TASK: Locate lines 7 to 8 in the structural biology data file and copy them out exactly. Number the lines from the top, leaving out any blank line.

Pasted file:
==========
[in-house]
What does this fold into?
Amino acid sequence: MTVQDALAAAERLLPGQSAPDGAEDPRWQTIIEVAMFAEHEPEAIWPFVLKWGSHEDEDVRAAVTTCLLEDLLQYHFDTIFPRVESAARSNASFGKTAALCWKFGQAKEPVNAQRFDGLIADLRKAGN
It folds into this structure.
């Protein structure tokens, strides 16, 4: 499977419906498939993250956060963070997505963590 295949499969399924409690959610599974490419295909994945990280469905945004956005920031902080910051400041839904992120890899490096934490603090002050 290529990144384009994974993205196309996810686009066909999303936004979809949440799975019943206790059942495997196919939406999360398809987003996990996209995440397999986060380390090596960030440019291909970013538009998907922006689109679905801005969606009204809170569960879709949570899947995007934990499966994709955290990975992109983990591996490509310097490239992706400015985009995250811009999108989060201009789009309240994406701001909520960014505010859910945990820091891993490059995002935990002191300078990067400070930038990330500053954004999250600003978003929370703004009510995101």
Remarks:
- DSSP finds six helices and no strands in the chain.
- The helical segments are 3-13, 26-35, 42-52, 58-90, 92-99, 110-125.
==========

- DSSP finds six helices and no strands in the chain.
- The helical segments are 3-13, 26-35, 42-52, 58-90, 92-99, 110-125.